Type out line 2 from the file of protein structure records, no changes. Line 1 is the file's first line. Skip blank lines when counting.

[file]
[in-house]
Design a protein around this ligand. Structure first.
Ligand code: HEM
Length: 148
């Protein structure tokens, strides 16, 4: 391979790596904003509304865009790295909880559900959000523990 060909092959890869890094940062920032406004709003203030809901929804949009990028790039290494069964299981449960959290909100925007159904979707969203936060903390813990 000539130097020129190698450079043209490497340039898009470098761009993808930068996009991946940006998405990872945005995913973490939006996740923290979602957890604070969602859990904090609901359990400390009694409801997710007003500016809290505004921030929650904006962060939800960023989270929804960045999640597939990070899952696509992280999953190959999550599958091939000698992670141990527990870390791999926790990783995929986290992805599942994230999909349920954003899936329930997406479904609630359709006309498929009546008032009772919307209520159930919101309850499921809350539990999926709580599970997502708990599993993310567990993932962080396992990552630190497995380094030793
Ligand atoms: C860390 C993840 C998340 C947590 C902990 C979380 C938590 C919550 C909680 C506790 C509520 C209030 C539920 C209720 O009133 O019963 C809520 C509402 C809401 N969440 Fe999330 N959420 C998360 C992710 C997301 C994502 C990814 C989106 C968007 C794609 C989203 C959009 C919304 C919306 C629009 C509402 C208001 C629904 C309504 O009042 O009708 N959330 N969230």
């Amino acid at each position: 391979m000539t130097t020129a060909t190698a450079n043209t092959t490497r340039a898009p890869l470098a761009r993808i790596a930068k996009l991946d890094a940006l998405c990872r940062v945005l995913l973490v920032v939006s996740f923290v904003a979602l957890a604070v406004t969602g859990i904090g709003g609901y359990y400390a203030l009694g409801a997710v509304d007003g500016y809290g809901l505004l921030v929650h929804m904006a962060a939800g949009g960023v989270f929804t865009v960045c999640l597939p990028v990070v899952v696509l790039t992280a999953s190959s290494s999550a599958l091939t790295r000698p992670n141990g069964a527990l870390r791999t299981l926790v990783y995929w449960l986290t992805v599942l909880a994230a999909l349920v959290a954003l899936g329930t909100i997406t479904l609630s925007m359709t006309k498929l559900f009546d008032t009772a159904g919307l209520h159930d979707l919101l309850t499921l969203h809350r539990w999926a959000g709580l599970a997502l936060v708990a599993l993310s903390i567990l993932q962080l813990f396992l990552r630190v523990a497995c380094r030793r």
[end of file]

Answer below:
Design a protein around this ligand. Structure first.